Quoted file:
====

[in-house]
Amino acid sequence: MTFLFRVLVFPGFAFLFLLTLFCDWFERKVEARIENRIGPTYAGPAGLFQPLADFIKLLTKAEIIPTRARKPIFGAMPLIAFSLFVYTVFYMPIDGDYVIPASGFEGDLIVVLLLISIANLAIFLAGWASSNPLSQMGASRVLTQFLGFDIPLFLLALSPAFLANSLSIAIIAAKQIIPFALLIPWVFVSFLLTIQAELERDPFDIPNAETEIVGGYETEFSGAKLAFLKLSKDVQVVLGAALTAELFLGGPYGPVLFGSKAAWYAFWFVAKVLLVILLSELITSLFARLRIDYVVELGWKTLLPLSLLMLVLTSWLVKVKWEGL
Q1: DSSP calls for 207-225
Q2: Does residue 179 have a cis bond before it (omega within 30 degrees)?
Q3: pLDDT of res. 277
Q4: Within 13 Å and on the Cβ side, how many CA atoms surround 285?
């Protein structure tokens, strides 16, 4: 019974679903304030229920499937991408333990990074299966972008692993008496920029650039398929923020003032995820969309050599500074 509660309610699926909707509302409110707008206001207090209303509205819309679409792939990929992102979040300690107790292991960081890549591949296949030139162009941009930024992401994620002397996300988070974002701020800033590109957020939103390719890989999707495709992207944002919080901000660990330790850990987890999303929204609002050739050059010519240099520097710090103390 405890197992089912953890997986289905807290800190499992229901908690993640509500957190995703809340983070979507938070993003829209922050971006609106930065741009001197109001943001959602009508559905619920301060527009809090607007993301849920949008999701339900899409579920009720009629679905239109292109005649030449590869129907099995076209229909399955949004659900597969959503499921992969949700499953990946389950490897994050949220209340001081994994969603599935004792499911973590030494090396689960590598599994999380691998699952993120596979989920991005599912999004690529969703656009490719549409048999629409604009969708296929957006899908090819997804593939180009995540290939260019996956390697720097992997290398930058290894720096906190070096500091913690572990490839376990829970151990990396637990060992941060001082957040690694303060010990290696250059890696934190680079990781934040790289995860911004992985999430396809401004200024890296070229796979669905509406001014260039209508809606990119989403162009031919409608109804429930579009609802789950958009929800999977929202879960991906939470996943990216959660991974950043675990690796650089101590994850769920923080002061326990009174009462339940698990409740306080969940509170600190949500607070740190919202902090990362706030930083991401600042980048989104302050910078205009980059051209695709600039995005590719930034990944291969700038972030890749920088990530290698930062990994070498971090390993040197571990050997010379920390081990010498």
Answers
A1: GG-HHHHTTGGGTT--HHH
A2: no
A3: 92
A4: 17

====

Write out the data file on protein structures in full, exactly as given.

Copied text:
[in-house]
Amino acid sequence: MTFLFRVLVFPGFAFLFLLTLFCDWFERKVEARIENRIGPTYAGPAGLFQPLADFIKLLTKAEIIPTRARKPIFGAMPLIAFSLFVYTVFYMPIDGDYVIPASGFEGDLIVVLLLISIANLAIFLAGWASSNPLSQMGASRVLTQFLGFDIPLFLLALSPAFLANSLSIAIIAAKQIIPFALLIPWVFVSFLLTIQAELERDPFDIPNAETEIVGGYETEFSGAKLAFLKLSKDVQVVLGAALTAELFLGGPYGPVLFGSKAAWYAFWFVAKVLLVILLSELITSLFARLRIDYVVELGWKTLLPLSLLMLVLTSWLVKVKWEGL
Q1: DSSP calls for 207-225
Q2: Does residue 179 have a cis bond before it (omega within 30 degrees)?
Q3: pLDDT of res. 277
Q4: Within 13 Å and on the Cβ side, how many CA atoms surround 285?
């Protein structure tokens, strides 16, 4: 019974679903304030229920499937991408333990990074299966972008692993008496920029650039398929923020003032995820969309050599500074 509660309610699926909707509302409110707008206001207090209303509205819309679409792939990929992102979040300690107790292991960081890549591949296949030139162009941009930024992401994620002397996300988070974002701020800033590109957020939103390719890989999707495709992207944002919080901000660990330790850990987890999303929204609002050739050059010519240099520097710090103390 405890197992089912953890997986289905807290800190499992229901908690993640509500957190995703809340983070979507938070993003829209922050971006609106930065741009001197109001943001959602009508559905619920301060527009809090607007993301849920949008999701339900899409579920009720009629679905239109292109005649030449590869129907099995076209229909399955949004659900597969959503499921992969949700499953990946389950490897994050949220209340001081994994969603599935004792499911973590030494090396689960590598599994999380691998699952993120596979989920991005599912999004690529969703656009490719549409048999629409604009969708296929957006899908090819997804593939180009995540290939260019996956390697720097992997290398930058290894720096906190070096500091913690572990490839376990829970151990990396637990060992941060001082957040690694303060010990290696250059890696934190680079990781934040790289995860911004992985999430396809401004200024890296070229796979669905509406001014260039209508809606990119989403162009031919409608109804429930579009609802789950958009929800999977929202879960991906939470996943990216959660991974950043675990690796650089101590994850769920923080002061326990009174009462339940698990409740306080969940509170600190949500607070740190919202902090990362706030930083991401600042980048989104302050910078205009980059051209695709600039995005590719930034990944291969700038972030890749920088990530290698930062990994070498971090390993040197571990050997010379920390081990010498």
Answers
A1: GG-HHHHTTGGGTT--HHH
A2: no
A3: 92
A4: 17